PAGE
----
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Aortic dilation, had degenerative disc disease operations. Do I need additional opinion?

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Cardiologist, Interventional
Practicing since : 1996
Answered : 192 Questions
I would like to request your opinion input analysis regarding the following description of an ascending aortic dilation that was recently accidently diagnosed about me. It has me worried. I am a 60 year old male, 5’10” in height, and weigh 180 lbs. My BSA is 2.04 and my BMI is 24.88. I have felt to be in overall good physical condition all my life with the exception of degenerative disc disease operations for my neck and lower back.
This past XXXXXXX 2011, I had a CT scan with contrast as part of testing to address a dry cough that I had. During this procedure that found a small 5mm lung nodule, it was also noted from the CT that I have a fuseform type of enlargement of my ascending thoracic aorta that they indicated in two locations as 42.5mm and two frames higher as 43.5mm in diameter. My family physician at that time recommended another CT in 6 months to monitor these findings. Because of my concern, he also referred me to a cardiologist for discussion of this. The cardiologist performed an EKG which was fine and stated that he would also perform an echocardiogram at the time of the 6 month CT.
I had the second CT with contrast in late December 2011 and the echocardiogram the very next day. The second 6 month CT scan indicated that both the lung nodule and aortic dilation as “stable” for their purposes. (The periodic cough is still with me mostly in the evening before bed. It is suspected to be caused by acid reflux and I’m going in for further ENT tests) The aortic area that was formerly noted as 42.5mm in diameter this time had a notation of 42.6mm with no additional notations. When the echocardiogram results came back and I had my meeting with the cardiologist, he showed me how he could measure the mid-ascending area as 44.2mm. Aortic walls appeared good with no indications for dissection. Other measurements on the echo for the aorta area indicate a mildly thickened normal functioning tricuspid aortic valve with no aortic valve regurgitation. There is moderate-severe Sinus of Valsalva dilation at 50mm. Sino-Tubular Junction measures 39mm, Aortic Arch measures 34mm, and Upper Abdominal location as 18mm. This Sinus of Valsalva finding at 50mm has really given me additional concern but my cardiologist doesn’t seem as concerned about this and has recommended another CT one year out for monitoring the mid-aorta, etc. I mentioned that I had read in Wikipedia that a 50mm Sinus of Valsalva aneurysm is “an indication for surgery”. cardiologist opinion is that this would be a very aggressive response at this time. The cardiologist believes my aortic condition most likely developed over many years as congenital or from atherosclerotic causes. Overall, he indicated to me that from my test results, my measurements appear as “stable” but that he wants to look at that third point of reference in a year because a mm difference on test results can also be interpreted for test difference error. I was put on a prescription for 25mg of Metoprolol Tartrate to control any periodic blood pressure issues that sometimes ranged 120-160mmHg. I have also been on 20mg Atorvastation or Lipitor for the past 10 years.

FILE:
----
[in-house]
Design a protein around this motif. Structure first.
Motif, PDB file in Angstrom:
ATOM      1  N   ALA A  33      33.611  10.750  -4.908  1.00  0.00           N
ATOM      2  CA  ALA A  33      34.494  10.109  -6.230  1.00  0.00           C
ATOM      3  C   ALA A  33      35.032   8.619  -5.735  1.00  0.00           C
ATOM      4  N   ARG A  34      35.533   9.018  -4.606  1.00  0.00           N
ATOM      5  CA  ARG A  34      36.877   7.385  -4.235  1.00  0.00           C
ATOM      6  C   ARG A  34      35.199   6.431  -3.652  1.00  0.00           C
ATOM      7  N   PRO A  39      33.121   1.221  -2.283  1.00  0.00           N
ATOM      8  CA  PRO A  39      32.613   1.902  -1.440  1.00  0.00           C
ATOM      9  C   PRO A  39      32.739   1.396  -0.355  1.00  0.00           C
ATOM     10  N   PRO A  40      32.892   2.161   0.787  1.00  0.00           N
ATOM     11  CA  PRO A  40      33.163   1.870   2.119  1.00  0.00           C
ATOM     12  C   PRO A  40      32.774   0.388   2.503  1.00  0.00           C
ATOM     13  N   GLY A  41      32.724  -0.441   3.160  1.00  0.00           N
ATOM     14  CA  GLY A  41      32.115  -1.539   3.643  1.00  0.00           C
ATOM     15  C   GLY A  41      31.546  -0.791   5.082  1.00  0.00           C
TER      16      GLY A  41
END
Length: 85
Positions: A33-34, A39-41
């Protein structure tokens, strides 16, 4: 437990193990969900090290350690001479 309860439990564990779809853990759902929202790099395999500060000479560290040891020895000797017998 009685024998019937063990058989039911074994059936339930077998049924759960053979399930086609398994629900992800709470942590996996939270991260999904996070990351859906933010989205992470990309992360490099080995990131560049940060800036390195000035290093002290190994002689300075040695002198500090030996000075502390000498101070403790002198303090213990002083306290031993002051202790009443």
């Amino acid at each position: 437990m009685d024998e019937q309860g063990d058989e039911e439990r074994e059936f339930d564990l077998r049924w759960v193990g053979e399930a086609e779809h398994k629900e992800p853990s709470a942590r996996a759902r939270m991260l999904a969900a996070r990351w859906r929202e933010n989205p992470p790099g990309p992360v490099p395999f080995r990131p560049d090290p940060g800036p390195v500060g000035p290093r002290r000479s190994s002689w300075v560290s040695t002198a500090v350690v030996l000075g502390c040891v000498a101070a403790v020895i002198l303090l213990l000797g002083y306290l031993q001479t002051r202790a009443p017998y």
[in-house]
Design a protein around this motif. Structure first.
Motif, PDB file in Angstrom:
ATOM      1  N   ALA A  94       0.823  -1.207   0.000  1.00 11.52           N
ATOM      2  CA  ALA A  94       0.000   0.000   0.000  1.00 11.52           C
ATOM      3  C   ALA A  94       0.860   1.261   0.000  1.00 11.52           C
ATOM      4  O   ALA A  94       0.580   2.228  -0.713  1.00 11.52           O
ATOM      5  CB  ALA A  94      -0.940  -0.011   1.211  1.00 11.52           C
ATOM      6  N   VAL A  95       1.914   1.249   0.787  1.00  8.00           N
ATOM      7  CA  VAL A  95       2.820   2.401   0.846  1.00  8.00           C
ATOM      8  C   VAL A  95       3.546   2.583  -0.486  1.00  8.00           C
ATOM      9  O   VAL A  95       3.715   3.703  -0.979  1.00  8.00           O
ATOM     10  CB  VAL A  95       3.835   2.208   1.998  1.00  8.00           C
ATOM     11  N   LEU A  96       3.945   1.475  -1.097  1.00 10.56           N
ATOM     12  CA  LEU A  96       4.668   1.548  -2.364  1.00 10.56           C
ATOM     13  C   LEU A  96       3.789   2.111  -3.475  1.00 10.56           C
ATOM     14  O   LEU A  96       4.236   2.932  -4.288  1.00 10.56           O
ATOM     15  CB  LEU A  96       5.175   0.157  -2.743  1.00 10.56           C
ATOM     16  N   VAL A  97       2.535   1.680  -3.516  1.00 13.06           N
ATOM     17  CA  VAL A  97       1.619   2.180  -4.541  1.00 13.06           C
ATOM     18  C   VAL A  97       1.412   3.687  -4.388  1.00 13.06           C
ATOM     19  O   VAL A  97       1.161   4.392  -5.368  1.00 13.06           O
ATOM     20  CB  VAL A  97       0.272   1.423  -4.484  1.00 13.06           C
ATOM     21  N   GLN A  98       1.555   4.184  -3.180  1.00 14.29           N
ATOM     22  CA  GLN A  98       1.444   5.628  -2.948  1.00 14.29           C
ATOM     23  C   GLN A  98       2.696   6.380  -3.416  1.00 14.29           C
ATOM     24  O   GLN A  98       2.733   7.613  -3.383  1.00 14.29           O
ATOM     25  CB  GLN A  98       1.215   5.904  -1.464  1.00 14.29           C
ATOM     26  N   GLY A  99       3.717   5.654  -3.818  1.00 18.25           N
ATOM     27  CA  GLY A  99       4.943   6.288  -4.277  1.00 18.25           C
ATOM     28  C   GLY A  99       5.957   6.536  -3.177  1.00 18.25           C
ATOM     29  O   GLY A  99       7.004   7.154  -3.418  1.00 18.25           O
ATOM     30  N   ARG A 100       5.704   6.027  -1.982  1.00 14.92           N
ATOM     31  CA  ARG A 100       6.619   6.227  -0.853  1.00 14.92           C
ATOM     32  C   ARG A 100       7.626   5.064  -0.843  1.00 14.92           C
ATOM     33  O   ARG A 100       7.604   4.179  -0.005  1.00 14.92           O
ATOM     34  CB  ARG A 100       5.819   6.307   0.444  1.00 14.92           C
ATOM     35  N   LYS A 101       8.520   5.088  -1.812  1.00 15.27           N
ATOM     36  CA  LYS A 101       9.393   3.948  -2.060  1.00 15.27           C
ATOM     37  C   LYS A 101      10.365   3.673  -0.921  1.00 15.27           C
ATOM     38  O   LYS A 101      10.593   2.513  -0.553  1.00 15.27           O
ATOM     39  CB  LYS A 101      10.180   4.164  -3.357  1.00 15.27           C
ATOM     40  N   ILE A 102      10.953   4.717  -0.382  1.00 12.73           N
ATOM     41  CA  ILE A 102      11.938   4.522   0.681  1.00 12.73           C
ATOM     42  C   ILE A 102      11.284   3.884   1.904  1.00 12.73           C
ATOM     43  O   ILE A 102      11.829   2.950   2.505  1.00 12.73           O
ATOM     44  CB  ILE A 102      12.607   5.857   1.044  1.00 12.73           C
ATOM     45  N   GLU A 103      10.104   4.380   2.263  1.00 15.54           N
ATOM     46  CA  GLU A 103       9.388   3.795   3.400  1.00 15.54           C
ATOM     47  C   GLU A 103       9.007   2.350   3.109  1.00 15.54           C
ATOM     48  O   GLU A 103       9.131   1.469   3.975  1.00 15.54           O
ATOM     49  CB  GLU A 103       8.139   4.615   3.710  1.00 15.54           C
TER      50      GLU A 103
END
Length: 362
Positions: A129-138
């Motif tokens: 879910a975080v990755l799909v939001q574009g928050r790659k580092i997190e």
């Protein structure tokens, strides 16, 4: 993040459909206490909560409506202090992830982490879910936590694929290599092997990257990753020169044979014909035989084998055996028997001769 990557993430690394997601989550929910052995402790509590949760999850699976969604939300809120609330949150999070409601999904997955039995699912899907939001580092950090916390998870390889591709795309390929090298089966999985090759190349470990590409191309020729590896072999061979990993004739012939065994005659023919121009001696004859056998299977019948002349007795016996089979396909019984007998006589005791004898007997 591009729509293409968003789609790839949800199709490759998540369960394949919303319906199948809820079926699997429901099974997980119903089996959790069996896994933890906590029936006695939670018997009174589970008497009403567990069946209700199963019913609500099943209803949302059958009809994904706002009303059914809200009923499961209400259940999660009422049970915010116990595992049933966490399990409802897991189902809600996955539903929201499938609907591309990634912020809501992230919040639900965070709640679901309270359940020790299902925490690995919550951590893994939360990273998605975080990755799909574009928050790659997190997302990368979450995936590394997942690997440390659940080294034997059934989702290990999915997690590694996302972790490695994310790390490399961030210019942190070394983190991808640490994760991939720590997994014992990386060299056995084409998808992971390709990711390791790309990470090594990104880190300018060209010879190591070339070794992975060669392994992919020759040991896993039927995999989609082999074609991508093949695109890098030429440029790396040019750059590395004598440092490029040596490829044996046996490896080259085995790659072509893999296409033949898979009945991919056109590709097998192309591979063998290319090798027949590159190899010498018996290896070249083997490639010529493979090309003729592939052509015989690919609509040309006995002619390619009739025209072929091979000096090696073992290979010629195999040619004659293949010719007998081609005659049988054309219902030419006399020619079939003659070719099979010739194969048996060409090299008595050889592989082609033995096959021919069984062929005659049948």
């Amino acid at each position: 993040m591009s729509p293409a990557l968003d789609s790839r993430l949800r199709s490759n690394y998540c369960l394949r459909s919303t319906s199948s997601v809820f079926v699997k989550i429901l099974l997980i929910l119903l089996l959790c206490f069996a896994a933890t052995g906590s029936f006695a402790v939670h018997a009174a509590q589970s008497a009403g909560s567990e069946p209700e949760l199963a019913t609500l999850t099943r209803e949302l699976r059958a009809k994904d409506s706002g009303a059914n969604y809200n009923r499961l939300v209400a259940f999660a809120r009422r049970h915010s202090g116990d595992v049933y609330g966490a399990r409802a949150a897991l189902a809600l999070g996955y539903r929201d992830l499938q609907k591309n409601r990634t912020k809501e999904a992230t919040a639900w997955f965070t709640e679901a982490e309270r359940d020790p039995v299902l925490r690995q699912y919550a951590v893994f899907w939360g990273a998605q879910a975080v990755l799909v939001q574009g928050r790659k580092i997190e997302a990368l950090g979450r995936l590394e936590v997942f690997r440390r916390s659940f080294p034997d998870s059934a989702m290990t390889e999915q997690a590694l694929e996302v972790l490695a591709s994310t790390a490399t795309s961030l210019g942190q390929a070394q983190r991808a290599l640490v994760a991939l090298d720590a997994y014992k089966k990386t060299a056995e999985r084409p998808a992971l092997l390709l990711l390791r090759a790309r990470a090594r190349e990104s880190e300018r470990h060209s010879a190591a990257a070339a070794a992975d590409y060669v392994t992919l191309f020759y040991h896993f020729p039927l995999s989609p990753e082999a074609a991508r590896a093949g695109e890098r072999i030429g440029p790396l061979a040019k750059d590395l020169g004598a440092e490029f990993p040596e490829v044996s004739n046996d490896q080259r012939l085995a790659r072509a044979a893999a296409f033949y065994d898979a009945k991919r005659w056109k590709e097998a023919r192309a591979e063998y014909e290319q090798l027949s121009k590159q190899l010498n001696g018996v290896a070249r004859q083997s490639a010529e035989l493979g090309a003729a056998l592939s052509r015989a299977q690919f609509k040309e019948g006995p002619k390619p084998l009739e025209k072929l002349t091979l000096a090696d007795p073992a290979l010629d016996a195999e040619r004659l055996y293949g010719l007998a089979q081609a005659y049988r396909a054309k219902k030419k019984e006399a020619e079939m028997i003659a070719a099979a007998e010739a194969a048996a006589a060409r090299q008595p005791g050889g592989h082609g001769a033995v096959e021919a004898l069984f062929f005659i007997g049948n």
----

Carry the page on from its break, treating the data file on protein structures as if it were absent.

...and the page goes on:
I am wondering what another cardiologist’s opinion might be for me. As I stated, I am worried about my prognosis and am hoping my measurements do not grow to a dissection or rupture emergency. I am also concerned about potential future surgery for this as I understand the procedure is quite invasive and risky. I also do not wish to be sitting on a “ticking time-bomb” when some other intervention should be considered. I would like to request your input regarding my condition, especially regarding the ascending aortic dilation and sinus of valsalva. Do you feel that I need to seek out additional opinion as to actions that need to be followed now?
For your information, the following are the full result findings indicated on the echocardiogram report that I had in December: